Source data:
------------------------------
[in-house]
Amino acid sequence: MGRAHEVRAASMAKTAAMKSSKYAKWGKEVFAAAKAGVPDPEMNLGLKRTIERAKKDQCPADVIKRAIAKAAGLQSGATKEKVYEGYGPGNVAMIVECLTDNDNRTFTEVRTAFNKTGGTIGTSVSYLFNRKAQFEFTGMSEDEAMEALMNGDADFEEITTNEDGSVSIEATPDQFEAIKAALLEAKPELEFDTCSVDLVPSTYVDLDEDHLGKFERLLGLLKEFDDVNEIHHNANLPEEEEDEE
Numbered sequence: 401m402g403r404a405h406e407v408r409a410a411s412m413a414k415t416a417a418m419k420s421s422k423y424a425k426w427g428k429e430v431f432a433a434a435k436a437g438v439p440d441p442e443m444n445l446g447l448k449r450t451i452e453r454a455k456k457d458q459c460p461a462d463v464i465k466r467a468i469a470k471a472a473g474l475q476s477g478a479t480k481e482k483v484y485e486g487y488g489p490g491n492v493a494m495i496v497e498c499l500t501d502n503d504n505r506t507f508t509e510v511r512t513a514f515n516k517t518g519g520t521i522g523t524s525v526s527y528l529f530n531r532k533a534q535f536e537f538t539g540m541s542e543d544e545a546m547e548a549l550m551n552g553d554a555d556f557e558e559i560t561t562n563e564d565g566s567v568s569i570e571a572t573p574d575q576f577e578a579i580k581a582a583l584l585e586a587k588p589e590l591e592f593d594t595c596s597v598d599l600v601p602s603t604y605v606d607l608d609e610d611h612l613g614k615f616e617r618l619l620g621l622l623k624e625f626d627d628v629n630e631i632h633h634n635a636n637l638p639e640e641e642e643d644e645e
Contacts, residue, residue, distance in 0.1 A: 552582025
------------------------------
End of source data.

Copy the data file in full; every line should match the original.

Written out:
[in-house]
Amino acid sequence: MGRAHEVRAASMAKTAAMKSSKYAKWGKEVFAAAKAGVPDPEMNLGLKRTIERAKKDQCPADVIKRAIAKAAGLQSGATKEKVYEGYGPGNVAMIVECLTDNDNRTFTEVRTAFNKTGGTIGTSVSYLFNRKAQFEFTGMSEDEAMEALMNGDADFEEITTNEDGSVSIEATPDQFEAIKAALLEAKPELEFDTCSVDLVPSTYVDLDEDHLGKFERLLGLLKEFDDVNEIHHNANLPEEEEDEE
Numbered sequence: 401m402g403r404a405h406e407v408r409a410a411s412m413a414k415t416a417a418m419k420s421s422k423y424a425k426w427g428k429e430v431f432a433a434a435k436a437g438v439p440d441p442e443m444n445l446g447l448k449r450t451i452e453r454a455k456k457d458q459c460p461a462d463v464i465k466r467a468i469a470k471a472a473g474l475q476s477g478a479t480k481e482k483v484y485e486g487y488g489p490g491n492v493a494m495i496v497e498c499l500t501d502n503d504n505r506t507f508t509e510v511r512t513a514f515n516k517t518g519g520t521i522g523t524s525v526s527y528l529f530n531r532k533a534q535f536e537f538t539g540m541s542e543d544e545a546m547e548a549l550m551n552g553d554a555d556f557e558e559i560t561t562n563e564d565g566s567v568s569i570e571a572t573p574d575q576f577e578a579i580k581a582a583l584l585e586a587k588p589e590l591e592f593d594t595c596s597v598d599l600v601p602s603t604y605v606d607l608d609e610d611h612l613g614k615f616e617r618l619l620g621l622l623k624e625f626d627d628v629n630e631i632h633h634n635a636n637l638p639e640e641e642e643d644e645e
Contacts, residue, residue, distance in 0.1 A: 552582025